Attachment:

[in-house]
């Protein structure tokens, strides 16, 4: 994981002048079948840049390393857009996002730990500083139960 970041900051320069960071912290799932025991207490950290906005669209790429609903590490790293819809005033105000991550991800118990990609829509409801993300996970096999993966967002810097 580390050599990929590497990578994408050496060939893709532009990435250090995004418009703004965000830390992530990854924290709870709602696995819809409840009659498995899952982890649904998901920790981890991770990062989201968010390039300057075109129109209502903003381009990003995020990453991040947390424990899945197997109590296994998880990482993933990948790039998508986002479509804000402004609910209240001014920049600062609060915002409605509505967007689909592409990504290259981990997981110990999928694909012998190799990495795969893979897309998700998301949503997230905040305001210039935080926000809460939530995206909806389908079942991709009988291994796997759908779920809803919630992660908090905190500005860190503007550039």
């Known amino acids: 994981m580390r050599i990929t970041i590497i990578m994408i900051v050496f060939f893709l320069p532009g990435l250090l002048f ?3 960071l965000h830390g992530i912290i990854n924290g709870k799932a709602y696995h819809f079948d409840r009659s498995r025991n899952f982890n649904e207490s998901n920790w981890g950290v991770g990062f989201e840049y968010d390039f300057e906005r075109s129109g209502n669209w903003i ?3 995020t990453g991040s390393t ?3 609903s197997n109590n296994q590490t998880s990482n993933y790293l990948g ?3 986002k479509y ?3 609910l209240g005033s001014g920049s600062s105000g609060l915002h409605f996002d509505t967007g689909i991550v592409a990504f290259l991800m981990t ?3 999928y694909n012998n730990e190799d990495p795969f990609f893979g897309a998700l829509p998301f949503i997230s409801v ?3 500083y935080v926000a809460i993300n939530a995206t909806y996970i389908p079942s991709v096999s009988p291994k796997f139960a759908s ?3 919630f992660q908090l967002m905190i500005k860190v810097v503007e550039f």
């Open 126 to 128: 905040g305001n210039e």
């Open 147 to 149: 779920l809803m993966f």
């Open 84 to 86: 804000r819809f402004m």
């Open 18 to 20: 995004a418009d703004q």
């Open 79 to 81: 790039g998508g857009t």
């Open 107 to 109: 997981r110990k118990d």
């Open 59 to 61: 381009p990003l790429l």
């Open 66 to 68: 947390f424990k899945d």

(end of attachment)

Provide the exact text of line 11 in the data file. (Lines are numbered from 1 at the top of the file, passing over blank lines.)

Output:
């Open 66 to 68: 947390f424990k899945d």